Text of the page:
In Death, life comes a full circle. The angel of Death is that uninvited guest whom we all know is going to come but we are never prepared to meet him; nevertheless, when he pays our dear ones a visit, it gets us thinking on many a thing!
One of my uncles passed away a few days ago. His body was consumed by his age and to say it benignly, he left the world in peace without being a burden to anyone just as he had willed.
He is perhaps one person whom I have shared a very special bond – not least because of the ties of kinship – for we had three generations between us that drew us miles apart. With his other siblings, save my own grandmother, I hardly remember even having a proper conversation. Yet in a strange play of events, I got to spend some quality time with him and in the process helped discover a whole new meaning to life.
I vividly remember the first proper conversation I had with him; I was about to go to high school and had moved to India. He was to be my local guardian as he was living in Chennai then. He enquired if I read newspapers. He was known to be a man of letters. So, it was with a lot of pride I answered, I do, for I had at that time started reading a bit, primarily because that appeared to be a means to develop the English language as per my Teachers.
Then came the next question – how many? I was perplexed. To read one was the best I thought. It was only then I discovered that the man read half a dozen or so from top to bottom and left to right. I was only beginning to understand the grip he had on language, current affairs and a whole gamut of things that came under the sun.
Over the next few years, I used to occasionally visit him as he was my local guardian. It was during those moments that I started getting to know him better. Having fully retired from his professional life, he was left with quality free time to spend which I was blessed to be a part of.
I went from high school to College and the visits only increased in frequency. During the college years, I remember trying to read as much as possible before going to meet him just to try and impress him but every time I would come back needing to do a lot more homework!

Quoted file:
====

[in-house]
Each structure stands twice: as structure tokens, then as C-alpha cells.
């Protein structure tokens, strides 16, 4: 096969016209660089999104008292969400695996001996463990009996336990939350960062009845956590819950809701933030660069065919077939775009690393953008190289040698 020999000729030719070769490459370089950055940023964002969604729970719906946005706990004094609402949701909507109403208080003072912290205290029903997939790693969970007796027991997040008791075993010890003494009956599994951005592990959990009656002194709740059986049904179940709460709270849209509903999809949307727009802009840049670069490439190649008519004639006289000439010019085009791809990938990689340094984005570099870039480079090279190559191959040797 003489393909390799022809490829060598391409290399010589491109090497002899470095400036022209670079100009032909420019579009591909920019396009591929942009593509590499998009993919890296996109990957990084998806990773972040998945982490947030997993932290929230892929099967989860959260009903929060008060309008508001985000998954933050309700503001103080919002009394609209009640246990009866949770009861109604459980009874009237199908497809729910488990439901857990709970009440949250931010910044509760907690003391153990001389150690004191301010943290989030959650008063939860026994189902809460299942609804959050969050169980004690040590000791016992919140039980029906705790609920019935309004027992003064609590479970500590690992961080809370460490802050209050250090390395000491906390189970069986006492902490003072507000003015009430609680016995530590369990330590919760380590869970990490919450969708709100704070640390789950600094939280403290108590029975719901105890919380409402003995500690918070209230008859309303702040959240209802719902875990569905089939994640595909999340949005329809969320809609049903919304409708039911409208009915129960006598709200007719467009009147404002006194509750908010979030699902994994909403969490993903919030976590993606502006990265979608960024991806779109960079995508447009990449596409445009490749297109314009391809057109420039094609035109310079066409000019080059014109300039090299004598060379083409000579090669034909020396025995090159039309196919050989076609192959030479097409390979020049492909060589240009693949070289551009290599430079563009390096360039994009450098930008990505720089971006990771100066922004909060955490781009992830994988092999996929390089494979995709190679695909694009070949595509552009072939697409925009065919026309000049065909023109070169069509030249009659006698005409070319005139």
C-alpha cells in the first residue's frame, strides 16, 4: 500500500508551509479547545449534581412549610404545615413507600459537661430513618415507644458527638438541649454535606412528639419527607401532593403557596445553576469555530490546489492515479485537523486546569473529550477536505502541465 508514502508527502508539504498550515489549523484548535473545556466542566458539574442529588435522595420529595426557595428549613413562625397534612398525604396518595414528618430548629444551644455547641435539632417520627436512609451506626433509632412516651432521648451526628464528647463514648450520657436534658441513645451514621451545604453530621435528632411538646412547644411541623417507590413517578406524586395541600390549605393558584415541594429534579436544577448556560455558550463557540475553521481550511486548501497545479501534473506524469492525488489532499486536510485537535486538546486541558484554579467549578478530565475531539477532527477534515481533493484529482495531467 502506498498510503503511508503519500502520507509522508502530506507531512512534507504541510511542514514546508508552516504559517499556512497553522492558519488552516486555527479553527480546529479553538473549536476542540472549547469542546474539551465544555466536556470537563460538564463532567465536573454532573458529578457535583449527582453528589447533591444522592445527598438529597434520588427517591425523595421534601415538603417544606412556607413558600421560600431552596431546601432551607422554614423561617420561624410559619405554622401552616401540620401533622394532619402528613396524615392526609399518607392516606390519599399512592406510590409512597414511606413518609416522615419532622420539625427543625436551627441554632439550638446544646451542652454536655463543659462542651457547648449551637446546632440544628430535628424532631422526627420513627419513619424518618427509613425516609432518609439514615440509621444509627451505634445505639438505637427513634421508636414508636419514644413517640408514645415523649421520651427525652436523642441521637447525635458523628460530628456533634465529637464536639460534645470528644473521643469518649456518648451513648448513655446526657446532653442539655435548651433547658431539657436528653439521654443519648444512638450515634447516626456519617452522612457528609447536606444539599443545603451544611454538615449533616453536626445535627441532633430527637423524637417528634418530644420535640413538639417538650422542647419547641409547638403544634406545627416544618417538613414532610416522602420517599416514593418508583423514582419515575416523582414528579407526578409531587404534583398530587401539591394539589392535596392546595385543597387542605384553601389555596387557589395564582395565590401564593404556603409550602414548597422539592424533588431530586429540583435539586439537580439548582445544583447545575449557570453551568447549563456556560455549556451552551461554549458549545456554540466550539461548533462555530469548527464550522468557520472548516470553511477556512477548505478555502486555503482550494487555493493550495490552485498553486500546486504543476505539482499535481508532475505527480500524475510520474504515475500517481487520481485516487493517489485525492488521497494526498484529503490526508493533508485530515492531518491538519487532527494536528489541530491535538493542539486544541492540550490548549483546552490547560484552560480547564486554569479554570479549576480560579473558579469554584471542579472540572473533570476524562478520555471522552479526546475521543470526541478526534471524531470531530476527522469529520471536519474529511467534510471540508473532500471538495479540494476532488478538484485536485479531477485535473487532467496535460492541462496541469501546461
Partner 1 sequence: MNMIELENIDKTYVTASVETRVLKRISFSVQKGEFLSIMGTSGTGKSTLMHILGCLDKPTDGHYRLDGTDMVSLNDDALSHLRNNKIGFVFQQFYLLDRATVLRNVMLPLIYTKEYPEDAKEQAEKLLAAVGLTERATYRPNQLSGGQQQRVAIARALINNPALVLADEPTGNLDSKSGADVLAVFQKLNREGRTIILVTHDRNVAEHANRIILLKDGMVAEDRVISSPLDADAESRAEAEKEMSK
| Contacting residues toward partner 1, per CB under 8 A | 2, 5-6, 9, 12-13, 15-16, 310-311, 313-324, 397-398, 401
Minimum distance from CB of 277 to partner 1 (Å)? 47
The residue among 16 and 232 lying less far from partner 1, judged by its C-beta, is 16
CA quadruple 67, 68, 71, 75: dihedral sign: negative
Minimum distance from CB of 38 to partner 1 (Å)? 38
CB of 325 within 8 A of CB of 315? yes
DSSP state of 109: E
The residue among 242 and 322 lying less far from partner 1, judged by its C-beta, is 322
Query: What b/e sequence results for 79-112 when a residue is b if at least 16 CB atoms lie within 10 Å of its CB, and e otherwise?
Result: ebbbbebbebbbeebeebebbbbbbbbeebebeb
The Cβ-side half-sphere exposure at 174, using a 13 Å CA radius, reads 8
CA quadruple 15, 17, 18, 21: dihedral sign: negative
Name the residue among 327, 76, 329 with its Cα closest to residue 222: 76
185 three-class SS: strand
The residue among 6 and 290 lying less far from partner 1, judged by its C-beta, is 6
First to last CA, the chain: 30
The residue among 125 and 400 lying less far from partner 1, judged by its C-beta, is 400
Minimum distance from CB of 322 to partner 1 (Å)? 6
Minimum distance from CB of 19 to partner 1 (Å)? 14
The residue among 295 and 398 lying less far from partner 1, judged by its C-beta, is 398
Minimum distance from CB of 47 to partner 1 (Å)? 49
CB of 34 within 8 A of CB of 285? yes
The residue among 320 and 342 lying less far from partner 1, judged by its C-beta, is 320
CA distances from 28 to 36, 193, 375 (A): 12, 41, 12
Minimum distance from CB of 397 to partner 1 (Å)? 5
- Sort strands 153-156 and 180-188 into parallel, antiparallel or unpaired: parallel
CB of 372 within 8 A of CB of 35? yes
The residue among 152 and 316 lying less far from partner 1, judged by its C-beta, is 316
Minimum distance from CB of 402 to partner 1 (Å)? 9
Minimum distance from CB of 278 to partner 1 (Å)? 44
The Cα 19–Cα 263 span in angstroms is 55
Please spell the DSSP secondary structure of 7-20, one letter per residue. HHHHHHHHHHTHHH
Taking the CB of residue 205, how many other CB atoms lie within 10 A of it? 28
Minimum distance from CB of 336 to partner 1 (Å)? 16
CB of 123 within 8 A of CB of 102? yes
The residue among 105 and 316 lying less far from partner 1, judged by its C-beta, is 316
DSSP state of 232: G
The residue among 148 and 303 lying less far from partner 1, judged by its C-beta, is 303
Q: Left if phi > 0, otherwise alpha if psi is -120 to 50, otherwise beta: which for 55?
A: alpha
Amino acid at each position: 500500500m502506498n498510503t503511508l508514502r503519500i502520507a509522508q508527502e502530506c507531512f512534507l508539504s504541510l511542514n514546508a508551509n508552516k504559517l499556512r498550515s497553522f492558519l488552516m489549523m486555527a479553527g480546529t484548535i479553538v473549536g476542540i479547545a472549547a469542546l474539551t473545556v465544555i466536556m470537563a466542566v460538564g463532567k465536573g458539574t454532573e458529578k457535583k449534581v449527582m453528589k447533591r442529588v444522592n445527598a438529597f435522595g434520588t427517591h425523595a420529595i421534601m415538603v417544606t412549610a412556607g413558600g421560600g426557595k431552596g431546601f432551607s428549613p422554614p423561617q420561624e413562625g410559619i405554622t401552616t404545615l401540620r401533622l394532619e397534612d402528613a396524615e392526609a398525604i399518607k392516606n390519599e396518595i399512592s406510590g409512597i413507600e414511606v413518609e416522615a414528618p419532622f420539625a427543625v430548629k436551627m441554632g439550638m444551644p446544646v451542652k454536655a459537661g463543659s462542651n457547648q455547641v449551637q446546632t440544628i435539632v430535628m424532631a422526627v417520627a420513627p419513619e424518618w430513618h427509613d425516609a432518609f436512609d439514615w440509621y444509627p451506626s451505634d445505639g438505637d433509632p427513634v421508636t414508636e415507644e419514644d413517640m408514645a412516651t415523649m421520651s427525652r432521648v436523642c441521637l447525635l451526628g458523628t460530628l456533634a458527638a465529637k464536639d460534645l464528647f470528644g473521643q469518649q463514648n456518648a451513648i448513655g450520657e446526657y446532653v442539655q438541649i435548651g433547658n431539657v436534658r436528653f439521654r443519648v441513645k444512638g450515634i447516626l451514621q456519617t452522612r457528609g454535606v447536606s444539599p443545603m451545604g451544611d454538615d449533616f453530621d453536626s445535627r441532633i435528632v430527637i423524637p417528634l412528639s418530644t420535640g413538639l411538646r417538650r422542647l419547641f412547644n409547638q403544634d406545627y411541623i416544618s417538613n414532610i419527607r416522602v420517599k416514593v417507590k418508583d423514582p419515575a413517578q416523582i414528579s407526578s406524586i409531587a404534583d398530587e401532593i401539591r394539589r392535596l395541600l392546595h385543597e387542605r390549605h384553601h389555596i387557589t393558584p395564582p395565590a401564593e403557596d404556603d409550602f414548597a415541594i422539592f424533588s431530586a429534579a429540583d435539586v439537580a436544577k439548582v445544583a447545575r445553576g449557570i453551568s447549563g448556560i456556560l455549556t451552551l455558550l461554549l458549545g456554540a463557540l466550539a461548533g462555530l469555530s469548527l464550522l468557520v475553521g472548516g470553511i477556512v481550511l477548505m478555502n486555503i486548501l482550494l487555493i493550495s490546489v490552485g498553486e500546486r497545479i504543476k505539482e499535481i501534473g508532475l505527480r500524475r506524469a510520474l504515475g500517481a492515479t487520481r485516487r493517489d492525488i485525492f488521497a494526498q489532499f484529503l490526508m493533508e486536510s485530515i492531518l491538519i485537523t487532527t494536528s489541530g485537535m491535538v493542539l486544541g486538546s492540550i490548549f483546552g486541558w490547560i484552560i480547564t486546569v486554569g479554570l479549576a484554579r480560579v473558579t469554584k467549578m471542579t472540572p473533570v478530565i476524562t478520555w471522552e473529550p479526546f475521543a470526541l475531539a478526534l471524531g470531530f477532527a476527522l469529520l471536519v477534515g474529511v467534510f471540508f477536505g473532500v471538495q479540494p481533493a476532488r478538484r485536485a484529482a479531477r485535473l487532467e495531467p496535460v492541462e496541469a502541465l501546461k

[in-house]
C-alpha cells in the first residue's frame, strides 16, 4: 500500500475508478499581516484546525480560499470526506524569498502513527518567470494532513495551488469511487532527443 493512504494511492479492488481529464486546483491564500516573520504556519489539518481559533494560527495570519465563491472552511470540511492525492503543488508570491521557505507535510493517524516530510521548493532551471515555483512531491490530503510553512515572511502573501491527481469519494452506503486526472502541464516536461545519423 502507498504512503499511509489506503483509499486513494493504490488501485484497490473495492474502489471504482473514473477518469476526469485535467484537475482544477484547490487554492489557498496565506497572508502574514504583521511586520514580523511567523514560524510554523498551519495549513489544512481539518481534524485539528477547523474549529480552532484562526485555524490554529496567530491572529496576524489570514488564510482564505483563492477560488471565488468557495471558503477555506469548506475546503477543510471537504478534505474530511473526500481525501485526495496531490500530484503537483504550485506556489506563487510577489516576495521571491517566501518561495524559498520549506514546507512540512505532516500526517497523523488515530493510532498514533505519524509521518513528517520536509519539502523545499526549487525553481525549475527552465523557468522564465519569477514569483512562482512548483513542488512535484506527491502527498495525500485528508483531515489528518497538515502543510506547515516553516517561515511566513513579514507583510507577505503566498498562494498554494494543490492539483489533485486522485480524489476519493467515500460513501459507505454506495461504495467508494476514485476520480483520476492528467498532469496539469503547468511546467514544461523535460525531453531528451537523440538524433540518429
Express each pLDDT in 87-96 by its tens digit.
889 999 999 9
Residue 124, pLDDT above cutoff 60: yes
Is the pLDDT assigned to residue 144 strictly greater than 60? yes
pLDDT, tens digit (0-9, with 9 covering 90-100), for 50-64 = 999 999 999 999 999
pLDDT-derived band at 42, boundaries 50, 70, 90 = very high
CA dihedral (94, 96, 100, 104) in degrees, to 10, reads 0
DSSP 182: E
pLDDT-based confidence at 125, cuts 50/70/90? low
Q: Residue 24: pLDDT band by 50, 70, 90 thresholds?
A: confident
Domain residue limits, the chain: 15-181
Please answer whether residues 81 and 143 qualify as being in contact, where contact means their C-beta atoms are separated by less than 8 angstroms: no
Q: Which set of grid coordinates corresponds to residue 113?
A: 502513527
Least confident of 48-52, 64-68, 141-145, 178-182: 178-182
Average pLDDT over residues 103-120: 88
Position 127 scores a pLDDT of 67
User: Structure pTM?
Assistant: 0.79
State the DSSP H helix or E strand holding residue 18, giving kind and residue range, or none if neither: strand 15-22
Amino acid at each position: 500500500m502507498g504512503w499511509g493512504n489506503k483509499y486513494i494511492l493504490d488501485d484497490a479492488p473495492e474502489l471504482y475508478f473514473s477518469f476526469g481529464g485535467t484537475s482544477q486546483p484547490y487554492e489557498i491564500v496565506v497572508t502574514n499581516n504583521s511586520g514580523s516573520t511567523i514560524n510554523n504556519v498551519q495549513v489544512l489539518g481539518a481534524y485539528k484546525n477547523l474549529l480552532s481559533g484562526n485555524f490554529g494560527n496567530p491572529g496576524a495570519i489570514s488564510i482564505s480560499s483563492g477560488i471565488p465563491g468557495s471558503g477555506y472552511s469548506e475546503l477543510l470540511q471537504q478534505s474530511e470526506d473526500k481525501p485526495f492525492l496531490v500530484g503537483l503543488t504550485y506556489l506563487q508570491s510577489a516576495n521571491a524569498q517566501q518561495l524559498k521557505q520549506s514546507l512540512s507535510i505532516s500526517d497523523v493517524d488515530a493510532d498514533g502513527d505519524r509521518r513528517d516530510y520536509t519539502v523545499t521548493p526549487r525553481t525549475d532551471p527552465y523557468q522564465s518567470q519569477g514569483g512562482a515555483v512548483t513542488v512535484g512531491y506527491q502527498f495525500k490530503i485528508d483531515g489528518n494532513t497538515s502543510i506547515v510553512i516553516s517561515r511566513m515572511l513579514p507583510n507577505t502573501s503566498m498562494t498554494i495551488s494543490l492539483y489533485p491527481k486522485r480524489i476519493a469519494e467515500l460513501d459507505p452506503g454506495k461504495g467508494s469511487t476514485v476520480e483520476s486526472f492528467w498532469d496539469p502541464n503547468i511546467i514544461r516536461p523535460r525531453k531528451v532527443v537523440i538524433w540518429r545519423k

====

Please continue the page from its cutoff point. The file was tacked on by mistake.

And then after my college years, there was a good half year before joining work. It was during this time, that I spend the most of my time with him. With age, he had lost his ability to read small letters. So, I was to be the daily newspaper reader for him. What began as a menial exercise soon turned out to be a means for me to grow richer and deeper. He would probe me with questions and get into discussions on various topics – life, spirituality, politics, and so on. It was during those times that I began to indulge in voracious reading and ardent arguments. I would at times be so lost in my argument with him that I would forget the age and ties with him. He was the plaintiff, the opposing counsel, and the judge. At times he would also humor me by indulging his family into the discussion. It was a riveting experience. What I didn’t realize then was that he was never imposing his opinions on me rather helping me shape my own thoughts and stand firm in my beliefs. He was like the gardener watering his plant to help it grow strong and to great heights.
It was only perhaps a decade and half that I spend with him; but I realize now, that I might not meet any gentleman even half his worth in my life.
In terms of achievements, he had done so much that it was common to come across his praises every now and then. Yet what strikes you the most in him is the utmost humility he displays when talking to people across the spectrum. One of the biggest inspiration I draw from him is the ability to grow to heights from scratch with absolutely nothing but determination and hard work.
Born into an ordinary orthodox family, he grew to be a formidable force leaving his giant imprint on the canvass of a great Country. He set an example to show that to achieve anything in life, it is only necessary to work hard. No heritage or riches need to be with you. In a society that is crude and unforgiving, he helped me realize that respect need not be under the ownership of the selected few. Rather, it goes to those who strive for it.
It is a common practice for elders to ask your roots when they learn of your native place. And the easiest way for me to answer that question was to take his name. When I reflect a bit, I figure that he spent an entire lifetime creating that name for three generations of us to cling to.
\The world will have its praises
And I will have my losses
For to them he was one of many
Only for me was he the prized company
May the Lord, most Merciful, help your journey
May the work you left behind, help you attain true glory!